How can we know if the eyes of our heart are focusing on what God desires? Interestingly, the status of our spiritual eyes is often revealed by our physical eyes. “The eye is the lamp of the body,” Jesus said (Matt 6:22a), and many have come to agree with the statement, “The eyes are windows to the soul.”
You can tell if a person is happy, sad, or angry by looking into his eyes—and our children can tell the same things about us in the same way. As a man, Jesus communicated through His eyes, too, and over twenty times in the gospels it states that Jesus looked at someone or something.
Consider the rich young man who came to Jesus and asked Him what he should do to inherit eternal life (Mark 10:17–22). Having called him “Good Teacher,” the Lord responded by reminding him that no one is good but God alone, and then He refreshed him on some of the Ten Commandments. Foolishly, the young man said, “I have kept all these things from my youth up.”
Jesus could have rightly furrowed His brow in anger. He could have wept out of utter frustration.
“Looking at him,” the account reads, “Jesus felt a love for him,” (v. 21, emphasis added). This is the perfect impulse. Jesus, love personified, responded perfectly in love for this young man and gave him an invitation: “Come, follow Me.”
Bringing It Together
In relationship with your children, how many opportunities do you have each day to respond to foolishness? Our responses that fall short of Christ’s love quickly reveal our lack of godly passion for our children.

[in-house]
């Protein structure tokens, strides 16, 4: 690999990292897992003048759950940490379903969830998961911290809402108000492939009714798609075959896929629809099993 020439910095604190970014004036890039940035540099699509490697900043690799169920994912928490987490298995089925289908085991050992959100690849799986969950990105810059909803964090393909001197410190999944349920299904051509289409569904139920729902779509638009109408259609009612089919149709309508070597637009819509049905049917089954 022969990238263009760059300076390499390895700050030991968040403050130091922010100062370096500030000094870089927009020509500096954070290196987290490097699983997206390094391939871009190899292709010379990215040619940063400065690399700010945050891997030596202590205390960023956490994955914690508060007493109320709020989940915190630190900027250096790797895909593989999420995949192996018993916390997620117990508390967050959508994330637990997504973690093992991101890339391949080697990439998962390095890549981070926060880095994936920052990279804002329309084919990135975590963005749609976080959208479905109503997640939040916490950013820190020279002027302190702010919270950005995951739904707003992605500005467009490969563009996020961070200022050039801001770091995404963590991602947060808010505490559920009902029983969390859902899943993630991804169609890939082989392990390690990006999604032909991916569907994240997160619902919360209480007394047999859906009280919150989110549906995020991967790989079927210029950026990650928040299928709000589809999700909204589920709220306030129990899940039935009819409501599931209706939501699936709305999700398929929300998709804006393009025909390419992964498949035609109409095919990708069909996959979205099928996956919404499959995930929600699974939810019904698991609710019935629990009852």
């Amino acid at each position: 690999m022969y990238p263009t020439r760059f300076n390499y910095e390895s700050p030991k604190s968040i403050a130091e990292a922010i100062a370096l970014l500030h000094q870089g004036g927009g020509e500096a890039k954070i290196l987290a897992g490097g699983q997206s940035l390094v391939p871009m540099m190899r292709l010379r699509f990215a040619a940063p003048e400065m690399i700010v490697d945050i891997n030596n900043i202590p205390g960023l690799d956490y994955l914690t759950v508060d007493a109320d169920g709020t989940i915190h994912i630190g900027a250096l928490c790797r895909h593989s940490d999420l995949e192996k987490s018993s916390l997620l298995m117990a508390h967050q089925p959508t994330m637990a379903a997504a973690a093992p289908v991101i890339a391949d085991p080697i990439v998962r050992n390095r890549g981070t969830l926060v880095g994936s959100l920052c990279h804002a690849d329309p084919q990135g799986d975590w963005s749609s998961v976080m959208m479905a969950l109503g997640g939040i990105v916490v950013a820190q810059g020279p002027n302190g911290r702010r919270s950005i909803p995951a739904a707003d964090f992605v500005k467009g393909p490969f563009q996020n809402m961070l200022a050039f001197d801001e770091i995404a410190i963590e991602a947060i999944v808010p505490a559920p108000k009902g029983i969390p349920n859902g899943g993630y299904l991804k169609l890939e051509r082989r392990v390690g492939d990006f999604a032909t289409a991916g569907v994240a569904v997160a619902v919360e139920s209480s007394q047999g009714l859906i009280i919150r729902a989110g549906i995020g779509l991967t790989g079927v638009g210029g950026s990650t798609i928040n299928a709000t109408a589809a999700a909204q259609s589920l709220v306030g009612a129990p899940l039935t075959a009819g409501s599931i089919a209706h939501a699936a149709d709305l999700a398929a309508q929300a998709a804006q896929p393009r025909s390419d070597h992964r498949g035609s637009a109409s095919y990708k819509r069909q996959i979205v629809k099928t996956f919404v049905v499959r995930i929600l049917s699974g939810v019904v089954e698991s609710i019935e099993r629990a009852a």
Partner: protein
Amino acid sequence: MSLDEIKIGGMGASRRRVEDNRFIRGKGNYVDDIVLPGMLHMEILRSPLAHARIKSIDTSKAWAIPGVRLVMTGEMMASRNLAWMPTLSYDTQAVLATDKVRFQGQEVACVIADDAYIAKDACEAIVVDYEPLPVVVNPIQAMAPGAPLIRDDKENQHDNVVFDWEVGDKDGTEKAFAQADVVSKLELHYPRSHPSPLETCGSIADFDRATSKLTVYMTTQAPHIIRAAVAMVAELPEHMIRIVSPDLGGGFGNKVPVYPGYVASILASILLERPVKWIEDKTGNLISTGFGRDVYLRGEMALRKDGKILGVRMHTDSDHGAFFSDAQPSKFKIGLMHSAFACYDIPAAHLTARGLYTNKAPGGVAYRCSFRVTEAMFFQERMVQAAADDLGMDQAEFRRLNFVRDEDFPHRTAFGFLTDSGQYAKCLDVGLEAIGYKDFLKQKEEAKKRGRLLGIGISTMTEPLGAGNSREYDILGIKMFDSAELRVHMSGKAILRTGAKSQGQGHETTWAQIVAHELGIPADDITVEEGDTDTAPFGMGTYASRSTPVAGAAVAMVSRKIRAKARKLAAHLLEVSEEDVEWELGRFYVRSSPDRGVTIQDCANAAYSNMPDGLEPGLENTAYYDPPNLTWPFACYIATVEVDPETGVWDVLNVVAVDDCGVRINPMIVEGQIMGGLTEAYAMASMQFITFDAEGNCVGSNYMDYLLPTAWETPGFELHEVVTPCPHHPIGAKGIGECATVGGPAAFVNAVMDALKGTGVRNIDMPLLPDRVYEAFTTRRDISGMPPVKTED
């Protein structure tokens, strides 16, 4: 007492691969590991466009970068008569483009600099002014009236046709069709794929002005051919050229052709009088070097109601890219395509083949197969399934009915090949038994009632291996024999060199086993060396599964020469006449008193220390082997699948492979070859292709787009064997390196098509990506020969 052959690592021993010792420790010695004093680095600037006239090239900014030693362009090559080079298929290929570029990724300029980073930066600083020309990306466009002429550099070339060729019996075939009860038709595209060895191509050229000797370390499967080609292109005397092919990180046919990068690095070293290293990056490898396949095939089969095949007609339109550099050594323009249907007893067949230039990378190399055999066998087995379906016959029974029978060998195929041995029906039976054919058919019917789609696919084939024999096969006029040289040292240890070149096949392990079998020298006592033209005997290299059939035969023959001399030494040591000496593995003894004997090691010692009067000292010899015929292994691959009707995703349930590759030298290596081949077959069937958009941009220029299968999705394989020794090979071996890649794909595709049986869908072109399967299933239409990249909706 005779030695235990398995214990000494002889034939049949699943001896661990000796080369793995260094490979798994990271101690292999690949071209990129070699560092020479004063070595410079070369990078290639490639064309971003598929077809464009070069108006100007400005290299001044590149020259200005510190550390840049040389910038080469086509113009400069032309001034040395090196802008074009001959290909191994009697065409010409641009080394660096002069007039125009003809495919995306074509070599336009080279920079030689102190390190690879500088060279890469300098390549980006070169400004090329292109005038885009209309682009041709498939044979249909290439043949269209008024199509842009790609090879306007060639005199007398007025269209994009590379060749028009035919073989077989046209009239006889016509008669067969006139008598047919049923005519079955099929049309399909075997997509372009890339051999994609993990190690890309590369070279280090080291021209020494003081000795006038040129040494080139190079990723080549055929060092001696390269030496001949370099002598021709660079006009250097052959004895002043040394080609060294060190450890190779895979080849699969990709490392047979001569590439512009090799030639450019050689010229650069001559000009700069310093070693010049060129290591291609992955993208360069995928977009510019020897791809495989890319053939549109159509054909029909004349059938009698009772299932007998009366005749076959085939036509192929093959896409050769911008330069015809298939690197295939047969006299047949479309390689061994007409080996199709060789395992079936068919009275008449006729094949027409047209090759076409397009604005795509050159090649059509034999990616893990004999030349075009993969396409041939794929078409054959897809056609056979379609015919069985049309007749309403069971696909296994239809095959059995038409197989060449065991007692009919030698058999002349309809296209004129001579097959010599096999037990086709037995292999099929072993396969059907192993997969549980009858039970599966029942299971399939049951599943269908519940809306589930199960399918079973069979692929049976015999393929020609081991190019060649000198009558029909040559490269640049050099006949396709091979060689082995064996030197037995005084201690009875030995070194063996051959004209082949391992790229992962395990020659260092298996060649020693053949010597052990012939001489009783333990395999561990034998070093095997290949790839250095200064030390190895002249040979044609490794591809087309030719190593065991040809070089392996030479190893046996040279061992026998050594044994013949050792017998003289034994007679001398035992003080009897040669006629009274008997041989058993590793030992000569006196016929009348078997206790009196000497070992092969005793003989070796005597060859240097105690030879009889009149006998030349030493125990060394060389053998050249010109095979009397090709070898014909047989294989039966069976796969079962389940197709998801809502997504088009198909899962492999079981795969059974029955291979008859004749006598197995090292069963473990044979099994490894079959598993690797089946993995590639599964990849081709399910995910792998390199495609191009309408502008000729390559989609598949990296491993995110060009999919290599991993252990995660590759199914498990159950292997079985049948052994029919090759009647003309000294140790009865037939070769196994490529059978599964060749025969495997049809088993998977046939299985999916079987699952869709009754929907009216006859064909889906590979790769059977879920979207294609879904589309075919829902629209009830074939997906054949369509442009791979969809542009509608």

When I was in high school, a friend of mine was intent on never changing the oil in his car. Seeing it as a needless expense (and not caring to honor his parent’s gift of a vehicle!), he simply ignored the responsibility of car maintenance and went about his life. Eventually, plumes of smoke started to emanate from his car each time he would start it up. That alarming scene was not the problem in and of itself—the smoke indicated something that was wrong below the surface all along.
In the same way, our frustrations with our children often serve to reveal our frustration with God’s calling on our lives. The smoke billowing out from our annoyed and aggravated hearts might be a sign that we are actually annoyed and aggravated with God, not our children.
Let us never imagine that children get in the way of our pursuit of God. The Lord has put our children in our lives as a very intimate part of our pursuit of Him. Setting the mind on things above often looks like changing diapers, sacrificing sleep, listening to childish stories, and gently reminding or disciplining.
As fathers, we must understand that a passion for God means a passion for our children. Running the daily race of following hard after God means slowing down to look at the members of our household and feeling love for them. Let us seek to maintain that godly desire for our children day by day.
Jeremy Howard is the staff pastor of Orchard Hills Bible Church in Payson, Utah. He is the author of You’re the Husband and he co-hosts the Do Theology Podcast. He’s married to Melissa and they have three children.View all posts by Jeremy